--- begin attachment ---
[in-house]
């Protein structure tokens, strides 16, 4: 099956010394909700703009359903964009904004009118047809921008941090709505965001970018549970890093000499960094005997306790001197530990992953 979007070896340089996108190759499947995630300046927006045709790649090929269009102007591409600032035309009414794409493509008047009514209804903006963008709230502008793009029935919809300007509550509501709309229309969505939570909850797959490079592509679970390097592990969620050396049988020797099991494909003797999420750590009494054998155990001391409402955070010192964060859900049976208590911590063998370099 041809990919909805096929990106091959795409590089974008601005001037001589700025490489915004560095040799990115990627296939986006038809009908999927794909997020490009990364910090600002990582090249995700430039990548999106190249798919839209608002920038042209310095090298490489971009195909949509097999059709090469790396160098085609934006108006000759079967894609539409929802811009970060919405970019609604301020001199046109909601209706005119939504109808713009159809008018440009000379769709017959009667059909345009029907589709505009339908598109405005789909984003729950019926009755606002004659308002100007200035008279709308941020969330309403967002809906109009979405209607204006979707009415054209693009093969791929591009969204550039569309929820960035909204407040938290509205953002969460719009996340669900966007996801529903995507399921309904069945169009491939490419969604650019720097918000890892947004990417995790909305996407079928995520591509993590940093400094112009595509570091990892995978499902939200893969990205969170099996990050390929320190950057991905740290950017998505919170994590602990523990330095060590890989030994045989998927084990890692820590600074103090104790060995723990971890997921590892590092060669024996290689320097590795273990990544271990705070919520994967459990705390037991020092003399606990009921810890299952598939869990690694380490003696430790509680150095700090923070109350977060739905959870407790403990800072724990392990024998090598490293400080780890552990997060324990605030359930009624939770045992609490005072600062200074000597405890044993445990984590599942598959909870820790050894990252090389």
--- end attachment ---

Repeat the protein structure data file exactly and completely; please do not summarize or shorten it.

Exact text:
[in-house]
């Protein structure tokens, strides 16, 4: 099956010394909700703009359903964009904004009118047809921008941090709505965001970018549970890093000499960094005997306790001197530990992953 979007070896340089996108190759499947995630300046927006045709790649090929269009102007591409600032035309009414794409493509008047009514209804903006963008709230502008793009029935919809300007509550509501709309229309969505939570909850797959490079592509679970390097592990969620050396049988020797099991494909003797999420750590009494054998155990001391409402955070010192964060859900049976208590911590063998370099 041809990919909805096929990106091959795409590089974008601005001037001589700025490489915004560095040799990115990627296939986006038809009908999927794909997020490009990364910090600002990582090249995700430039990548999106190249798919839209608002920038042209310095090298490489971009195909949509097999059709090469790396160098085609934006108006000759079967894609539409929802811009970060919405970019609604301020001199046109909601209706005119939504109808713009159809008018440009000379769709017959009667059909345009029907589709505009339908598109405005789909984003729950019926009755606002004659308002100007200035008279709308941020969330309403967002809906109009979405209607204006979707009415054209693009093969791929591009969204550039569309929820960035909204407040938290509205953002969460719009996340669900966007996801529903995507399921309904069945169009491939490419969604650019720097918000890892947004990417995790909305996407079928995520591509993590940093400094112009595509570091990892995978499902939200893969990205969170099996990050390929320190950057991905740290950017998505919170994590602990523990330095060590890989030994045989998927084990890692820590600074103090104790060995723990971890997921590892590092060669024996290689320097590795273990990544271990705070919520994967459990705390037991020092003399606990009921810890299952598939869990690694380490003696430790509680150095700090923070109350977060739905959870407790403990800072724990392990024998090598490293400080780890552990997060324990605030359930009624939770045992609490005072600062200074000597405890044993445990984590599942598959909870820790050894990252090389």